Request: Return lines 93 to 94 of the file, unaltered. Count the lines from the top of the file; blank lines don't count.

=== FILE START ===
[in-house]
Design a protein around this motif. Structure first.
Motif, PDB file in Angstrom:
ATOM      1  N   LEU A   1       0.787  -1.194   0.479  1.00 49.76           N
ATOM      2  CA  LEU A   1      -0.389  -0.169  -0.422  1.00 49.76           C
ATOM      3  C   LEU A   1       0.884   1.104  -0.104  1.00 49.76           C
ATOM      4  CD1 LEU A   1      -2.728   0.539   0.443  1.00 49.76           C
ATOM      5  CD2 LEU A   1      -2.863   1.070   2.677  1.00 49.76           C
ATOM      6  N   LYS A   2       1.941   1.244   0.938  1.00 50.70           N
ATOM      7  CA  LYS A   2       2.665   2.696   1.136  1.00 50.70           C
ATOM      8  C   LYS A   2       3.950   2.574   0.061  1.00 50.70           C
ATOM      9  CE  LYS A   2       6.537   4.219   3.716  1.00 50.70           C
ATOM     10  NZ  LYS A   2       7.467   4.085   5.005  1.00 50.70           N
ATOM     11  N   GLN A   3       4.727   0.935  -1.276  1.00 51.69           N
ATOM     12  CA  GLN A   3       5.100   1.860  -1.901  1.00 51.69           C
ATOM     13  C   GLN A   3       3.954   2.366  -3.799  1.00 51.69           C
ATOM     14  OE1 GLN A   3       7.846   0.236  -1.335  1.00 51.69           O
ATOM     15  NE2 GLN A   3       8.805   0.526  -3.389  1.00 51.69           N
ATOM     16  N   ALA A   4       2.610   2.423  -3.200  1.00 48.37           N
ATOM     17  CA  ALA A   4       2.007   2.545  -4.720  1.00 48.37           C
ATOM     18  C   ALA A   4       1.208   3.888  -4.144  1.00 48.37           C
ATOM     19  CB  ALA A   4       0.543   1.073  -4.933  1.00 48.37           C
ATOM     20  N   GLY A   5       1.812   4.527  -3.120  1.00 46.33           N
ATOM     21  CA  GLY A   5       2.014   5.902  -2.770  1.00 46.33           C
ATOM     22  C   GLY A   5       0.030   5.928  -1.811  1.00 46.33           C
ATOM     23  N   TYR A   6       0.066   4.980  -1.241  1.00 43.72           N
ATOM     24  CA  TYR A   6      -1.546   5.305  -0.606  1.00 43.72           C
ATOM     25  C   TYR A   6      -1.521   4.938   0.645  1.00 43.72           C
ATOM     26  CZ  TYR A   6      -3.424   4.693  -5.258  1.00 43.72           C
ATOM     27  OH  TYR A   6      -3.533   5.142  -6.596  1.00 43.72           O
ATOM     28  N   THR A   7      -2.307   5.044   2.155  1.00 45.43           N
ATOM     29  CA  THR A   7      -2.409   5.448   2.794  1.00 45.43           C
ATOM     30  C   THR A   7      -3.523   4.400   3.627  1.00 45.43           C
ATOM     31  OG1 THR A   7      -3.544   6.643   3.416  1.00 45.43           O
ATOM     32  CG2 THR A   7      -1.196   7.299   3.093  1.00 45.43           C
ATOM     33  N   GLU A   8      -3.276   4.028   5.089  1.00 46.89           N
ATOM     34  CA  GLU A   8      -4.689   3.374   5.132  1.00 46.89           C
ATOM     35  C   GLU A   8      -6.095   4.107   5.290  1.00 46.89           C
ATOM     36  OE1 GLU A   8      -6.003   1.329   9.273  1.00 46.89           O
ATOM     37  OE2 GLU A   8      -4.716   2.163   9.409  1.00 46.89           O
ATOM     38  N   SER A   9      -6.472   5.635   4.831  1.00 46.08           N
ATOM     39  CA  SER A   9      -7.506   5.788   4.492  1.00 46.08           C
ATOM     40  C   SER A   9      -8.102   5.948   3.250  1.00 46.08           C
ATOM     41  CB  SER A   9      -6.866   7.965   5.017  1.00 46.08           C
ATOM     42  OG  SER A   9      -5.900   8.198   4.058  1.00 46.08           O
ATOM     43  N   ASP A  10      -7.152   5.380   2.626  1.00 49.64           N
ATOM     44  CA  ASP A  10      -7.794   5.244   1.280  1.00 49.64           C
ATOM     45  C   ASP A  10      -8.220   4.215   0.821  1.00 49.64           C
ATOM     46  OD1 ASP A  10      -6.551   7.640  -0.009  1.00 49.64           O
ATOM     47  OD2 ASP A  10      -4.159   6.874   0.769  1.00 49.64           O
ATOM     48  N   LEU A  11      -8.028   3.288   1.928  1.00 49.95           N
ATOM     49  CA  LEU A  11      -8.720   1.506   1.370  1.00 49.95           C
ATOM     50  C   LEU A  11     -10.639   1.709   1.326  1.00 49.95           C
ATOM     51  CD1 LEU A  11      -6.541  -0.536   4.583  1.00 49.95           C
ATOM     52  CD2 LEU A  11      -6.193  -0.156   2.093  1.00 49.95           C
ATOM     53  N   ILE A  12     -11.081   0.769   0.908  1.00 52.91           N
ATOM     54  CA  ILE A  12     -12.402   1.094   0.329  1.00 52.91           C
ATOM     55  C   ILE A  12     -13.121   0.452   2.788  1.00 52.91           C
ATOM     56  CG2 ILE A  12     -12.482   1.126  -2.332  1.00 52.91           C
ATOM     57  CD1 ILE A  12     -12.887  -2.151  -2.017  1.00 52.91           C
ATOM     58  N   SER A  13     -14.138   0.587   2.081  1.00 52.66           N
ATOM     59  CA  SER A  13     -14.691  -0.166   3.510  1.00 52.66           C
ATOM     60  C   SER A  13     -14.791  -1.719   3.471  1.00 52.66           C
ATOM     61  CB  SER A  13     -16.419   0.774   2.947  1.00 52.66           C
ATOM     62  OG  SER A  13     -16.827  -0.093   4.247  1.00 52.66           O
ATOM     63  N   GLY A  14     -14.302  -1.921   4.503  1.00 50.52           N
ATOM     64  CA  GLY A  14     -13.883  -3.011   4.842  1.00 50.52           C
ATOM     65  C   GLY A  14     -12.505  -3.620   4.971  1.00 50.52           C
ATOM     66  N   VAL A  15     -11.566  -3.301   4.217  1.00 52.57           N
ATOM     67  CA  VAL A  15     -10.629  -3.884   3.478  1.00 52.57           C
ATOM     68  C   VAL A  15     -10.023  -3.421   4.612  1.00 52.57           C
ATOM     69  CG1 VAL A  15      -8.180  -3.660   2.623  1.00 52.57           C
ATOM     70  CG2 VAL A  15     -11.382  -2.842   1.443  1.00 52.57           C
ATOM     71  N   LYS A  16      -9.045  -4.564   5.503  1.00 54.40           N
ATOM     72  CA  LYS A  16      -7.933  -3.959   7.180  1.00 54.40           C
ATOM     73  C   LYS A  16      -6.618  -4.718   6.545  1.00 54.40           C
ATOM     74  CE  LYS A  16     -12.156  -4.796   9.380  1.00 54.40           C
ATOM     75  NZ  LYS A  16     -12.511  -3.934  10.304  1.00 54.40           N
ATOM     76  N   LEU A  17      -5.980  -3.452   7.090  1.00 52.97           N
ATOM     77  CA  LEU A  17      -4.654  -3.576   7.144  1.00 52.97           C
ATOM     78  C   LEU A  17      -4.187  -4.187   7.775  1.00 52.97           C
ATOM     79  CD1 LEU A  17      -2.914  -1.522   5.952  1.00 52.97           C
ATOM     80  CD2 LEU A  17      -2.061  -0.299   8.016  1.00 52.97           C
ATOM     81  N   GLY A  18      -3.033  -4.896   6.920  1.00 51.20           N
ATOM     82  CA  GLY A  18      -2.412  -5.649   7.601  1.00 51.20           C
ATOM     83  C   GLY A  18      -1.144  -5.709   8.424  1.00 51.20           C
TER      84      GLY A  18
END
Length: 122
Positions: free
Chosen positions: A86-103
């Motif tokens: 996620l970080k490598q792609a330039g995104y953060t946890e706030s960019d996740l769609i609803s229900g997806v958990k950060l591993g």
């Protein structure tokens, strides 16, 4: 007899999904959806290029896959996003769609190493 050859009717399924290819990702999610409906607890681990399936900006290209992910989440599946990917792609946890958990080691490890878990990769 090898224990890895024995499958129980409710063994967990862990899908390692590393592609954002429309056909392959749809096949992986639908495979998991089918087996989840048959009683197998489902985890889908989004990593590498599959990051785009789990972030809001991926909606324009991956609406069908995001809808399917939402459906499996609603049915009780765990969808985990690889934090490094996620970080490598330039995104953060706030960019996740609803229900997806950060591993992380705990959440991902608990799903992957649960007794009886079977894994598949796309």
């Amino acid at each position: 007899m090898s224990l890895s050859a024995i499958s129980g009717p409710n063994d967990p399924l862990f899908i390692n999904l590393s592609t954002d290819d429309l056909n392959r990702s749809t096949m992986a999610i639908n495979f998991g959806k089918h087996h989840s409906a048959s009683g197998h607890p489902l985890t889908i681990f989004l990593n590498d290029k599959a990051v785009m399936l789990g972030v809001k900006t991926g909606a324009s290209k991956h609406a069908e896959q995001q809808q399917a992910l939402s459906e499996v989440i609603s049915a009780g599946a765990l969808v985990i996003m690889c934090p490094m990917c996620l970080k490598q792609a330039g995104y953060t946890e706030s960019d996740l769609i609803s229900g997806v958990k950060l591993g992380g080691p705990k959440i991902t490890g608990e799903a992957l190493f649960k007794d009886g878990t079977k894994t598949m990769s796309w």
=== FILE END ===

């Protein structure tokens, strides 16, 4: 007899999904959806290029896959996003769609190493 050859009717399924290819990702999610409906607890681990399936900006290209992910989440599946990917792609946890958990080691490890878990990769 090898224990890895024995499958129980409710063994967990862990899908390692590393592609954002429309056909392959749809096949992986639908495979998991089918087996989840048959009683197998489902985890889908989004990593590498599959990051785009789990972030809001991926909606324009991956609406069908995001809808399917939402459906499996609603049915009780765990969808985990690889934090490094996620970080490598330039995104953060706030960019996740609803229900997806950060591993992380705990959440991902608990799903992957649960007794009886079977894994598949796309």
């Amino acid at each position: 007899m090898s224990l890895s050859a024995i499958s129980g009717p409710n063994d967990p399924l862990f899908i390692n999904l590393s592609t954002d290819d429309l056909n392959r990702s749809t096949m992986a999610i639908n495979f998991g959806k089918h087996h989840s409906a048959s009683g197998h607890p489902l985890t889908i681990f989004l990593n590498d290029k599959a990051v785009m399936l789990g972030v809001k900006t991926g909606a324009s290209k991956h609406a069908e896959q995001q809808q399917a992910l939402s459906e499996v989440i609603s049915a009780g599946a765990l969808v985990i996003m690889c934090p490094m990917c996620l970080k490598q792609a330039g995104y953060t946890e706030s960019d996740l769609i609803s229900g997806v958990k950060l591993g992380g080691p705990k959440i991902t490890g608990e799903a992957l190493f649960k007794d009886g878990t079977k894994t598949m990769s796309w």